from North Carolina. They come down and stay in Jacksonville
during those months. Elderly people, who retire, and come
and fish here for months, you know, a couple months at a
time. And, like right now, if you look up and down this
street, wherever there are places for campers, they're full.
Everybody is full for November and December. Completely.
DAVIS: So, what did you do before you started the fish camp
REED: I was a cake decorator.
DAVIS: A cake decorator?
REED: Mm-hmm. In fact we lived in, my husband and I. lived in
Daytona and I lived there since I was eleven, when I was
originally born in Jacksonville, and we moved to Daytona when
_ T .--. vun:! And T've lived there ever s.I n e an.d, four. ,-

actually six months ago, my brother-in-law called me and he
said, "How would you like to be in the fish business?" And I
said, "What do you mean?" He said, "well, there's a little
piece of property. It's real enchanting and we can turn it
into a really nice bait and tackle shop if we, you know, work
really hard at it." And so I said, I worked at Winn-Dixie,
I'd been there for five years. I was a cake decorator and
it's, you know, it's something that I like and I enjoy and I
still do it on the side, but it, it wasn't a career where I
was going to make a lot of money. And, you know, where I was
constantly challenged and, you know, I worked for somebody
else. I worked in a deli and it was nice to think of being my
own boss. You know, and it's a lot harder to be your own
boss, it's a lot harder, I realized, you know. When I first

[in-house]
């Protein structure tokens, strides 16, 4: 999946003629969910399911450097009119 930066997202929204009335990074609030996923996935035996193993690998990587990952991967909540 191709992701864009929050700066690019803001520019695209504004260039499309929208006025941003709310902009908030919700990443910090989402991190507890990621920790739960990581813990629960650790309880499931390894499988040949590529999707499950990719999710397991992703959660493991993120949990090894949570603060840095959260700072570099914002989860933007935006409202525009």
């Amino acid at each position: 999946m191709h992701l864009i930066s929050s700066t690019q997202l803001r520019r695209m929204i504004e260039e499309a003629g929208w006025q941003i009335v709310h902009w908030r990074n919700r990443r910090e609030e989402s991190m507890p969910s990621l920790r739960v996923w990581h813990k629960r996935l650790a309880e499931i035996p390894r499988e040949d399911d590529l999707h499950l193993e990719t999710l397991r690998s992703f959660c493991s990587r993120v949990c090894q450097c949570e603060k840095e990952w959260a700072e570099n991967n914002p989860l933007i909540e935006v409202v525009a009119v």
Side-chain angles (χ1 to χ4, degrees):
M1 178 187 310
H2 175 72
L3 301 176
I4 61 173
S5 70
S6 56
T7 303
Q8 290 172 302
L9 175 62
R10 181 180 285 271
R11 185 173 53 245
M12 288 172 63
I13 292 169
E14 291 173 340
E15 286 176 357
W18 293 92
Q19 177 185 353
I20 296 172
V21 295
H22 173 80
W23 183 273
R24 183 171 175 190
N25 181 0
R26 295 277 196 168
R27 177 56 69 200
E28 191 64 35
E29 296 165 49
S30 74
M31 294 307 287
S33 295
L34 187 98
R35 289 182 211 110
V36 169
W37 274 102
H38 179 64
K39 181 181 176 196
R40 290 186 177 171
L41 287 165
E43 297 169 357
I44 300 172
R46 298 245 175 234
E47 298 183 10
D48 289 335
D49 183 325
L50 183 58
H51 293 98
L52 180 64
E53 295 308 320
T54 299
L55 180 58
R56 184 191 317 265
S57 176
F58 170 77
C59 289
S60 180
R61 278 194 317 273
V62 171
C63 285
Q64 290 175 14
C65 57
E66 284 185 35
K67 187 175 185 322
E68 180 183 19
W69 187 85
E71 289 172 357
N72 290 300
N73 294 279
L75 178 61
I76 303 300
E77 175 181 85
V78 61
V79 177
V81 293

came here, I was under the misconception that it would be
easier, you know, to run your own business and be on your
own. But it's a lot easier when somebody else calls the
shots. When you have to make those decisions in do-or-die.
it's very scary.
[NOT ON TAPE: Ivy Eigbee asks about a high-tide low-tide sign
in the front of the store.]
PEED: That was here when we came here. We just took over and
we go out and turn it around everyday and lets people know
what's high-tide and low-tide. Half the time the wind blows
it sometimes so I have to go out there and check it every
once and a while. It's ri.llv nice and the people like to
get their fish, like the> come and the-' bring, their fish when
thev catch a fish. That's a big thing. They come, and the-
b rinig, they put their fish and and take picture: of them and
put them up on the board. And then the 're- so excited. "Oh,
man! I trade it on the board this weet ." You know, it's
something that's nice, 'cause I guess it's some kind a
recognition for people.
DAVIS: So what about the history of this place?
REED: The history of this: fish camp?
DAVIS: Of this fish camp. Do you know anything?
REED: Well, I know that there was a man who used to rent it.
is name was Pops. And I guess he was here for like, a long,
long time because people still come in all the time and they
ask about him. And they say, "How is Pops?" And he, I believe
he had to retire because he got, you know, too old and he had
a heart attack and stuff. But they come in, they always come
in, "How's Pops? Have you seen Pops? How's Pops?" You know,
and I don't personally know Pops. But, you know, people come
that have, from out of town. Like this one man, he said he
comes through every year, he was from Washington, and he came
every year, you know, he always came to see Pops. And you
know, that's something I've noticed now people, when they go,
they come from out of town, you know. And I've only been
here four months. And they stop by whenever they come
through. They stop by. And they, you know, they go out on
the pier, they fish for a while, and they get back in their
car and they drive home to wherever they live. People are
just, there's something about fish camps that enchant people.


You know, that just make 'emt stop and come and see what's in
it, you know, what's it's all about. It's basically just
about fishing. All different kinds. But it's a lot of fun.
BIGBEE: So, how old is this fish camp?
REED: This one has been here for almost, I believe, 35 years.